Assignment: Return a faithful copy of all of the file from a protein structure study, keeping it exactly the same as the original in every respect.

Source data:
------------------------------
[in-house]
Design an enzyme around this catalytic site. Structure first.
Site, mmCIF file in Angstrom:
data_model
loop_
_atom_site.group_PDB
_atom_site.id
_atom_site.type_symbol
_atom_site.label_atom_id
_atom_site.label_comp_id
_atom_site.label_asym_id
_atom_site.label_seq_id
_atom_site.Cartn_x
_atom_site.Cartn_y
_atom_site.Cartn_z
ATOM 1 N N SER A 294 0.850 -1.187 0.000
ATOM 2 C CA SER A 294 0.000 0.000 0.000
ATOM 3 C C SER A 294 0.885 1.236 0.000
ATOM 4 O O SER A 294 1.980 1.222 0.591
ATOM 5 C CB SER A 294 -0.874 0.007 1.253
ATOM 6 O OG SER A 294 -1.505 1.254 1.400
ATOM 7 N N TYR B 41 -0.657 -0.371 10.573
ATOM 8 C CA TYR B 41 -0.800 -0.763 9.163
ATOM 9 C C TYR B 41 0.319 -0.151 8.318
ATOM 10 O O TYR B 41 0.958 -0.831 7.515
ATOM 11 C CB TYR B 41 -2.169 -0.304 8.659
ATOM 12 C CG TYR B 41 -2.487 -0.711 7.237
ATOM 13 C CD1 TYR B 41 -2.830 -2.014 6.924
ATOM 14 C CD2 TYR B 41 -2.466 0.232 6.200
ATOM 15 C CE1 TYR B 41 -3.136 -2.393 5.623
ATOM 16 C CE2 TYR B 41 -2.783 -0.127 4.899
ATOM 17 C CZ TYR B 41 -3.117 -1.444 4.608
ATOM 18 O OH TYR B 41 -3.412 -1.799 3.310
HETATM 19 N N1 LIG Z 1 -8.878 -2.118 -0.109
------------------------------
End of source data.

[in-house]
Design an enzyme around this catalytic site. Structure first.
Site, mmCIF file in Angstrom:
data_model
loop_
_atom_site.group_PDB
_atom_site.id
_atom_site.type_symbol
_atom_site.label_atom_id
_atom_site.label_comp_id
_atom_site.label_asym_id
_atom_site.label_seq_id
_atom_site.Cartn_x
_atom_site.Cartn_y
_atom_site.Cartn_z
ATOM 1 N N SER A 294 0.850 -1.187 0.000
ATOM 2 C CA SER A 294 0.000 0.000 0.000
ATOM 3 C C SER A 294 0.885 1.236 0.000
ATOM 4 O O SER A 294 1.980 1.222 0.591
ATOM 5 C CB SER A 294 -0.874 0.007 1.253
ATOM 6 O OG SER A 294 -1.505 1.254 1.400
ATOM 7 N N TYR B 41 -0.657 -0.371 10.573
ATOM 8 C CA TYR B 41 -0.800 -0.763 9.163
ATOM 9 C C TYR B 41 0.319 -0.151 8.318
ATOM 10 O O TYR B 41 0.958 -0.831 7.515
ATOM 11 C CB TYR B 41 -2.169 -0.304 8.659
ATOM 12 C CG TYR B 41 -2.487 -0.711 7.237
ATOM 13 C CD1 TYR B 41 -2.830 -2.014 6.924
ATOM 14 C CD2 TYR B 41 -2.466 0.232 6.200
ATOM 15 C CE1 TYR B 41 -3.136 -2.393 5.623
ATOM 16 C CE2 TYR B 41 -2.783 -0.127 4.899
ATOM 17 C CZ TYR B 41 -3.117 -1.444 4.608
ATOM 18 O OH TYR B 41 -3.412 -1.799 3.310
HETATM 19 N N1 LIG Z 1 -8.878 -2.118 -0.109